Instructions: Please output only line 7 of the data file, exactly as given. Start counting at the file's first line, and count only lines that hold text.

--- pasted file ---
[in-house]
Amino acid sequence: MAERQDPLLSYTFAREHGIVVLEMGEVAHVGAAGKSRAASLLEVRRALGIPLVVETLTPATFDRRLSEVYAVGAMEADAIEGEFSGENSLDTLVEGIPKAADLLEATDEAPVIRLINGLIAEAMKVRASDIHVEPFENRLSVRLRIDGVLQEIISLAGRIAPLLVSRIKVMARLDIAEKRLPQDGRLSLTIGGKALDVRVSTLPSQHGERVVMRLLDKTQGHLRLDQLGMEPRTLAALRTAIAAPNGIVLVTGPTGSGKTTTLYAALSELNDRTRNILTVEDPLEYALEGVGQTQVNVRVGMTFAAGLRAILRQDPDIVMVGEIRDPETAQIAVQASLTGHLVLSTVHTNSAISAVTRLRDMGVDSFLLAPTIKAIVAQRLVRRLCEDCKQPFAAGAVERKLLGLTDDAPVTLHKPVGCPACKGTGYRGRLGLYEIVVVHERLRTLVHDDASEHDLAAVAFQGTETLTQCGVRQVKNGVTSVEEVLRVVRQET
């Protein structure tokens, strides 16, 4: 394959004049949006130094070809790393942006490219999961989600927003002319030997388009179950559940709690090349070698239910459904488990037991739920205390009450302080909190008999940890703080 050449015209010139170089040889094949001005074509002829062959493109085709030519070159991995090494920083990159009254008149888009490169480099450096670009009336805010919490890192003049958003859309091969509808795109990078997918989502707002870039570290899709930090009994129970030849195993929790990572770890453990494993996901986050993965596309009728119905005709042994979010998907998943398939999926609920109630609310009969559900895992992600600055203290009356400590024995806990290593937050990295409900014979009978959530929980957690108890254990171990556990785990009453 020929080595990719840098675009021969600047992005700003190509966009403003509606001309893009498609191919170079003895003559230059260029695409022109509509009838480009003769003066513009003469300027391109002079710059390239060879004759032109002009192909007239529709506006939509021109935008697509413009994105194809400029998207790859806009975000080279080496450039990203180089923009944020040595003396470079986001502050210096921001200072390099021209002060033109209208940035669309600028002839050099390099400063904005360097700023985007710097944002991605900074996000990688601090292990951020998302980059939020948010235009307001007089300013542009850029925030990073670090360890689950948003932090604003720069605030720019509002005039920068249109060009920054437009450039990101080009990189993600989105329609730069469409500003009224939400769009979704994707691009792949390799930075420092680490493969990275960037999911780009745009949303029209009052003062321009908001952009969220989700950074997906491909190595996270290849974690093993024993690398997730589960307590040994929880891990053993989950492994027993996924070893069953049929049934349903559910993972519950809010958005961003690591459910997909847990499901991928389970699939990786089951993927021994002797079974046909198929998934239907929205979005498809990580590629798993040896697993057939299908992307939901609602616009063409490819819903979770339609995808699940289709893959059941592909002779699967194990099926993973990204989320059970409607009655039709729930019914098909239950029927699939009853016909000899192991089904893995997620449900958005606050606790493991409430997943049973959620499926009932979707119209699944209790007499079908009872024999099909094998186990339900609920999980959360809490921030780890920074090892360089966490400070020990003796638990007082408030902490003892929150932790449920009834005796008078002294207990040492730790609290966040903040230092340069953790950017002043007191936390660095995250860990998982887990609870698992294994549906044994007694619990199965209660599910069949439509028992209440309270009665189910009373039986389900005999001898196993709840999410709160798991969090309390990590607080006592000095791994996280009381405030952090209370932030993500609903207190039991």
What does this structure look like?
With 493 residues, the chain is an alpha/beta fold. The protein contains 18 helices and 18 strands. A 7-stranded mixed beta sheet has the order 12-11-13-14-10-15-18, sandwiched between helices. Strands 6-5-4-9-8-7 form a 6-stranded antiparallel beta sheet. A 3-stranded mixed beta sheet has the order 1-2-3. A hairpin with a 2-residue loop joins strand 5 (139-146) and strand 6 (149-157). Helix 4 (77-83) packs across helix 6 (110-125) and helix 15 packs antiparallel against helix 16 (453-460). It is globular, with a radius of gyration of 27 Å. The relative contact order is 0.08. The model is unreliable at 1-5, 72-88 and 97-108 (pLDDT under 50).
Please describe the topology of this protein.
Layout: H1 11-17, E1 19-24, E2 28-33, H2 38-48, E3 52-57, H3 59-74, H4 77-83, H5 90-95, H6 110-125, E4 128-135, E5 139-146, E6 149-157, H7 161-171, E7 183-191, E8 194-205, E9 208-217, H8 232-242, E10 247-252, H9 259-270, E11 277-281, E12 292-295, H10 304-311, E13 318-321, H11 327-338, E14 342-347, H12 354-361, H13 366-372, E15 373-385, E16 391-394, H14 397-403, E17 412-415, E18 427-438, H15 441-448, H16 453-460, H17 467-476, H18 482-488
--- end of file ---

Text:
Layout: H1 11-17, E1 19-24, E2 28-33, H2 38-48, E3 52-57, H3 59-74, H4 77-83, H5 90-95, H6 110-125, E4 128-135, E5 139-146, E6 149-157, H7 161-171, E7 183-191, E8 194-205, E9 208-217, H8 232-242, E10 247-252, H9 259-270, E11 277-281, E12 292-295, H10 304-311, E13 318-321, H11 327-338, E14 342-347, H12 354-361, H13 366-372, E15 373-385, E16 391-394, H14 397-403, E17 412-415, E18 427-438, H15 441-448, H16 453-460, H17 467-476, H18 482-488